Keith Dechant recently released Eamon Remastered:
"Eamon is a classic interactive fiction game with RPG elements, written for the Apple 2 in 1980. Eamon Remastered is a remake of the classic game for the modern web. Play Eamon adventures in your browser without needing an emulator."
I’ve tried Eamon Remastered, and it’s very good, graceful work, though still with a few light bugs and features to come that are being tweaked out. Eamon Remastered provides a mechanically faithful port of Eamon’s Main Hall, the place where you make your characters, plus a collection of classic Eamon adventures you can try in any order you choose. Characters are stored locally on your computer, so all you need to play is a web browser. There are twenty adventures on the site so far. The starting selection appears to be a curated one, a mix of the historically famous (in Eamon circles), the good, and the reasonable/sensible. I mean reasonable in the sense that the player won’t be killed in such adventures, instantly and repeatedly, by deathtraps and supermonsters. The 250+ adventures made for Eamon during its heyday vary massively in their difficulty level, quality and setting because they were all written by different people, and weren’t subject to any oversight or master plan. Keith’s choice of adventures to port to Eamon Remastered so far looks to spare random visitors from the threat of wack difficulty, and also from the conundrum of having too many adventures to choose from.
(If you’d like to read more about the harsh nature of the challenge presented by some old school Eamons, see my reviews of The Tomb of Y’Golonac and The Pyramind of Anharos on IFDB.)
Keith’s work builds on an MS-DOS port of Eamon called Eamon Deluxe, by Frank Black, a previous (and indefinitely ongoing? Or is it now definitely not-going?) project that had one of the same aims as Eamon Remastered: to make Eamon more easily playable by more people. Eamon Deluxe sought to achieve this via the ubiquity of the DosBOX emulator and by enhancing screen reader compatibility, but when I recently retried Eamon Deluxe on a High Sierra Mac, it was a bit tetchy.
Eamon’s history has enough spread and divergence that it’s as fascinating a one to wander as that of its more cerebral antecedent, Crowther and Woods’s Adventure. You can follow Jason Dyer’s exhaustive attempts to catalogue differences across early versions of Adventure over in his Renga in Blue blog. Eamon was born in a similarly accessible/hackable programming environment, and so from it grew a tree of numerous cousins, offshoots and ports, some with minor tweaks, some with major. Some of them were to other systems and some to languages other than English. Just over the past few years, more thought-to-be-lost adventures on old floppies have turned up and been added to the general library, or to the PC Eamon Museum.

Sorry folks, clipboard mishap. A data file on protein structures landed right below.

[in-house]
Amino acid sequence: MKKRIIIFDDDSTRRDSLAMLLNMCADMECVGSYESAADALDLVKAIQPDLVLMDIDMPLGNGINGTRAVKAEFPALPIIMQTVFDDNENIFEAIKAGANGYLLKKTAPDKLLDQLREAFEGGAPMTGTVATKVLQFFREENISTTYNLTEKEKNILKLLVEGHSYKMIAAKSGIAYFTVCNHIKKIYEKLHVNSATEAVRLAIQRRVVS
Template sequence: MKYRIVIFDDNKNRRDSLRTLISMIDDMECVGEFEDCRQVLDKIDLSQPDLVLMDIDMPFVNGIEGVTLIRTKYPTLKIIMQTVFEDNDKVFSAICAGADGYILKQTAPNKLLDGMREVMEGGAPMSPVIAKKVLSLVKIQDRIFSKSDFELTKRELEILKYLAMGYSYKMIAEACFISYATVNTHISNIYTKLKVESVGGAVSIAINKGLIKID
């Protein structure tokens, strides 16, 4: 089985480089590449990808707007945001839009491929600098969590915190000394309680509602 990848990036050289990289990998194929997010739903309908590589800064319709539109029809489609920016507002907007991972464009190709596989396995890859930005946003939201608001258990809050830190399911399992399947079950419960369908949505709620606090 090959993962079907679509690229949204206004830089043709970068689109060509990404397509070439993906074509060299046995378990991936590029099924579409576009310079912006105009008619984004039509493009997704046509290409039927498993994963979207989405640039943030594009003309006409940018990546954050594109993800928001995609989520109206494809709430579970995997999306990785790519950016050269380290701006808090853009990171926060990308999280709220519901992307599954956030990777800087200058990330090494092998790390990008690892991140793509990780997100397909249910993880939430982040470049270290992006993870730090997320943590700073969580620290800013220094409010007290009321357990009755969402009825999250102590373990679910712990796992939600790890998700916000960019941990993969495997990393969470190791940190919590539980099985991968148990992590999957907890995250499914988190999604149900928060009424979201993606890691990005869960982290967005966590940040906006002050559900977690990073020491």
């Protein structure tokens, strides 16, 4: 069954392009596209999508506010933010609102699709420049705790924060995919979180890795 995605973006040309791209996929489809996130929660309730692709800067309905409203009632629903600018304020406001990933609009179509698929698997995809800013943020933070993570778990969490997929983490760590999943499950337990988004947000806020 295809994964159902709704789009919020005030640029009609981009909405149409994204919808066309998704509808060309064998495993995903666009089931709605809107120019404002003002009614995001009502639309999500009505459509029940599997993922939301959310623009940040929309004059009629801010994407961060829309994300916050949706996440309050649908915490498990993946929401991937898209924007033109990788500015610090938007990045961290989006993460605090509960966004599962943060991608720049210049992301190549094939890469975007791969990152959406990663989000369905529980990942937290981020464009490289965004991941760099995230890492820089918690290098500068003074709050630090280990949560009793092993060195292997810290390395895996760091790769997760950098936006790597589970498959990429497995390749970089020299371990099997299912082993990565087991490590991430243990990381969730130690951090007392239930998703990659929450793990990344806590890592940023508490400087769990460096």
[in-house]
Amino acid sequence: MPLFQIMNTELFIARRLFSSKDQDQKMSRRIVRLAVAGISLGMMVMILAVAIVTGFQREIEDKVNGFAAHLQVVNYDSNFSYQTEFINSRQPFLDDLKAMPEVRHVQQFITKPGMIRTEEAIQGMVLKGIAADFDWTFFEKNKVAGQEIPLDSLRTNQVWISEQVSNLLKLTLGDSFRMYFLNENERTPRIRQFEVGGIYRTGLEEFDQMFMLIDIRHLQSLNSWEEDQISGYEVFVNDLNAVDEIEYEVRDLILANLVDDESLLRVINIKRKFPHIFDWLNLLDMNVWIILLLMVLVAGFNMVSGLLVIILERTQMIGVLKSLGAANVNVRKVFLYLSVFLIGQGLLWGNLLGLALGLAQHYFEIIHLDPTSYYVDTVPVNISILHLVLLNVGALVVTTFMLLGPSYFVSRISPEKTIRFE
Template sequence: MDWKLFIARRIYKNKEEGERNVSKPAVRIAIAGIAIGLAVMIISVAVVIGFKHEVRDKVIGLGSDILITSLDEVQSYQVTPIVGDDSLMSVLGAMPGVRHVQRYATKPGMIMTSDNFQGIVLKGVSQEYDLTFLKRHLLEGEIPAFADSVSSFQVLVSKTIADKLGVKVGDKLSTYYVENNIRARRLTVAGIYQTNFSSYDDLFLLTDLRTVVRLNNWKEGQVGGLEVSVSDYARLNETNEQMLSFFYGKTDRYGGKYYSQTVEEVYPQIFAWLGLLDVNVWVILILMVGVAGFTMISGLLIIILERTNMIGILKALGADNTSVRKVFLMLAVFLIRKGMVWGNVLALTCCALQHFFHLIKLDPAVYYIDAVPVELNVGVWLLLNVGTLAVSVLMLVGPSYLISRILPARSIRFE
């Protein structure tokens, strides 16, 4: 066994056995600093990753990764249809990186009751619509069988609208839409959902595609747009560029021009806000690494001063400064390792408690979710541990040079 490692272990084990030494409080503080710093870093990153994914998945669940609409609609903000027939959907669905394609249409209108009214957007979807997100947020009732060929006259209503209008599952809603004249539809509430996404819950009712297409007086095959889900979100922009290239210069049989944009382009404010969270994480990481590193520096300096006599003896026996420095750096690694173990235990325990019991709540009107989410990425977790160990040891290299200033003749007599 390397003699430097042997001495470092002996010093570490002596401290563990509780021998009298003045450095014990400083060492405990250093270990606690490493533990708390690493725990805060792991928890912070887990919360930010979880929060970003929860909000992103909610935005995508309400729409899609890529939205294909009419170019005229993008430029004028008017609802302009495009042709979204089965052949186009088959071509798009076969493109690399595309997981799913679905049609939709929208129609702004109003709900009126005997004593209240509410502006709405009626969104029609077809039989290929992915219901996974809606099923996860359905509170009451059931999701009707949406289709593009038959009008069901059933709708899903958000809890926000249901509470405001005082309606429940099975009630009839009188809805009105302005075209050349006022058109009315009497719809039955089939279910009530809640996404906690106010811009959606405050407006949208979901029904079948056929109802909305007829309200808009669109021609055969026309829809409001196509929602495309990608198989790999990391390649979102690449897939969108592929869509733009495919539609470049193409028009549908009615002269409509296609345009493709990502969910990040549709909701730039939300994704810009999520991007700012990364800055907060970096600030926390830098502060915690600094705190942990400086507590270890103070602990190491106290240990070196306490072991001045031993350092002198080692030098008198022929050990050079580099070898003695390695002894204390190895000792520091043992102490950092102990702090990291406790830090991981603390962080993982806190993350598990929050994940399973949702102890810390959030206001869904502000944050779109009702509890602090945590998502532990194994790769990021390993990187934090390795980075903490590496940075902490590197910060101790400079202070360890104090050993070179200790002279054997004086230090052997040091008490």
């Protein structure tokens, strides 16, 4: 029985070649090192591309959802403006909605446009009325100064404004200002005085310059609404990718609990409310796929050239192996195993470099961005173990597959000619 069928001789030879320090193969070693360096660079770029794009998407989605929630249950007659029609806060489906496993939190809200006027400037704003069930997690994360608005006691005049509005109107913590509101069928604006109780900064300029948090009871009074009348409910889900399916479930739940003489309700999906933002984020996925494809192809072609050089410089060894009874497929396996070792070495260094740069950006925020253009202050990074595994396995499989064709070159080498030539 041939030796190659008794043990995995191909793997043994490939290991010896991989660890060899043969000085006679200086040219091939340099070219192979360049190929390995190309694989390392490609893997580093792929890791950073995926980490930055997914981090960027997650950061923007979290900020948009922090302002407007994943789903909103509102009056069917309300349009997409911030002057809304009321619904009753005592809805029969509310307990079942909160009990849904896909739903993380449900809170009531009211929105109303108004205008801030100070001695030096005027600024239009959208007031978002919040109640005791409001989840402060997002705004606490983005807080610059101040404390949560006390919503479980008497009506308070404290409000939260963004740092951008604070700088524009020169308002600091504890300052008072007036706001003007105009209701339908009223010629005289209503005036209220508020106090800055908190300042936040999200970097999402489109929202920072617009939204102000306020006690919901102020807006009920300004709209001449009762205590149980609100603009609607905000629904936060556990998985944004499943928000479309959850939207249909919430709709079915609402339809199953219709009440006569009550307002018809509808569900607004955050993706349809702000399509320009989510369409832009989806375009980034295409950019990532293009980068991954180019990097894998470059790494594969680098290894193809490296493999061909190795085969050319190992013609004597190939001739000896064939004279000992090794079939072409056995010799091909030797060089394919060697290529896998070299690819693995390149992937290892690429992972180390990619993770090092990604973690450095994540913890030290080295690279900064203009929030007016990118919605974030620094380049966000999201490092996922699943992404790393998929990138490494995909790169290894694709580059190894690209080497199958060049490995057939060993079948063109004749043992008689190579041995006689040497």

Matt Clark’s intermittently updated blog The Eamon Adventurers Guild tracks all of these finds and updates. It's a good read if you want to see what Eamon stuff has been going on between 2004 and the present. A couple of my favourite posts include the tour of the historical promo disk for an envisioned (read: now vaporware) Apple IIGS-specific version of Eamon and the review of a sneaky commercial version of Eamon called Load’N’Go Beginners Cave.
A ton of heavy Eamon lifting was done post-heyday by Frank Black with Eamon Deluxe. As I understand it, another of its goals was an exhaustive one: to eventually port every Eamon adventure to Eamon Deluxe. It seems unlikely that will ever happen, but Eamon Deluxe already sports a solid catalogue of adventures, including some original ones for the system. It also contains a reorganised Eamon adventure tree with vacant branches in it ready to receive the yet-to-be-ported games. I was chuffed to see there’s even a slot in there for my game Leadlight.
Another neat feature of Eamon Deluxe is that it holds reviews for many of the adventures in the app itself. That’s to say that you can read them from the same interface in which you browse the adventures. This approach gives Eamon Deluxe the potential to be the Ultimate All-In-One Eamon Box, though I think it will remain a potential.
To read more about the earliest days of Eamon (from a recent perspective) you can also check out Jimmy Maher’s posts about it in The Digital Antiquarian.